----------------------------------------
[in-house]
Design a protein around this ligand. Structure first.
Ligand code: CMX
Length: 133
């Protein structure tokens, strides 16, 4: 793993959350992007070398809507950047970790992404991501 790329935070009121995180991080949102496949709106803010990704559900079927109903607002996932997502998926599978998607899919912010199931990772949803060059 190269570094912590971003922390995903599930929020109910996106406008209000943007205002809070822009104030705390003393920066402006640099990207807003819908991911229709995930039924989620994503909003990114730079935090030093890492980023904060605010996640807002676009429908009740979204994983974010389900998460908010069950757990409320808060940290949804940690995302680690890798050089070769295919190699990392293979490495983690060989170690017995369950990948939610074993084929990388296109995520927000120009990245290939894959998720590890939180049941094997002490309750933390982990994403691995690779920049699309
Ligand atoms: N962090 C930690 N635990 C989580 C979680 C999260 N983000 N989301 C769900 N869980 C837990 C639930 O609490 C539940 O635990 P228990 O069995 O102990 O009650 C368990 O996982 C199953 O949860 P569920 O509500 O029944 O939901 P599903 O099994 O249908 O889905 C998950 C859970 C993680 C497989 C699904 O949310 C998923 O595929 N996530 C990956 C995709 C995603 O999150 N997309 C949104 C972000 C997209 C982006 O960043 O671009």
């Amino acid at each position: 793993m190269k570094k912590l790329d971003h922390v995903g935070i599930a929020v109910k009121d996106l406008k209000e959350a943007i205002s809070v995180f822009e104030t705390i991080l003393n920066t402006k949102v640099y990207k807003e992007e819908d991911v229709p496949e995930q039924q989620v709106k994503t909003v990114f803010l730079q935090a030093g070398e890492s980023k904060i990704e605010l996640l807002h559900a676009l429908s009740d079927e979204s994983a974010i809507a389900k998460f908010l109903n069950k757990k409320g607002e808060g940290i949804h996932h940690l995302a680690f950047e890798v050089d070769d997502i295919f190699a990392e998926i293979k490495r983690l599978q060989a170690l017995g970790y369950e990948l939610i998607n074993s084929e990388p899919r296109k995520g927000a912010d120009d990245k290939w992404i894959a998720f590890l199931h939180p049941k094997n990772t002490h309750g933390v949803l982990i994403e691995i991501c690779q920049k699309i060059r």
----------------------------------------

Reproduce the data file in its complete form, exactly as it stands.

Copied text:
[in-house]
Design a protein around this ligand. Structure first.
Ligand code: CMX
Length: 133
């Protein structure tokens, strides 16, 4: 793993959350992007070398809507950047970790992404991501 790329935070009121995180991080949102496949709106803010990704559900079927109903607002996932997502998926599978998607899919912010199931990772949803060059 190269570094912590971003922390995903599930929020109910996106406008209000943007205002809070822009104030705390003393920066402006640099990207807003819908991911229709995930039924989620994503909003990114730079935090030093890492980023904060605010996640807002676009429908009740979204994983974010389900998460908010069950757990409320808060940290949804940690995302680690890798050089070769295919190699990392293979490495983690060989170690017995369950990948939610074993084929990388296109995520927000120009990245290939894959998720590890939180049941094997002490309750933390982990994403691995690779920049699309
Ligand atoms: N962090 C930690 N635990 C989580 C979680 C999260 N983000 N989301 C769900 N869980 C837990 C639930 O609490 C539940 O635990 P228990 O069995 O102990 O009650 C368990 O996982 C199953 O949860 P569920 O509500 O029944 O939901 P599903 O099994 O249908 O889905 C998950 C859970 C993680 C497989 C699904 O949310 C998923 O595929 N996530 C990956 C995709 C995603 O999150 N997309 C949104 C972000 C997209 C982006 O960043 O671009």
């Amino acid at each position: 793993m190269k570094k912590l790329d971003h922390v995903g935070i599930a929020v109910k009121d996106l406008k209000e959350a943007i205002s809070v995180f822009e104030t705390i991080l003393n920066t402006k949102v640099y990207k807003e992007e819908d991911v229709p496949e995930q039924q989620v709106k994503t909003v990114f803010l730079q935090a030093g070398e890492s980023k904060i990704e605010l996640l807002h559900a676009l429908s009740d079927e979204s994983a974010i809507a389900k998460f908010l109903n069950k757990k409320g607002e808060g940290i949804h996932h940690l995302a680690f950047e890798v050089d070769d997502i295919f190699a990392e998926i293979k490495r983690l599978q060989a170690l017995g970790y369950e990948l939610i998607n074993s084929e990388p899919r296109k995520g927000a912010d120009d990245k290939w992404i894959a998720f590890l199931h939180p049941k094997n990772t002490h309750g933390v949803l982990i994403e691995i991501c690779q920049k699309i060059r």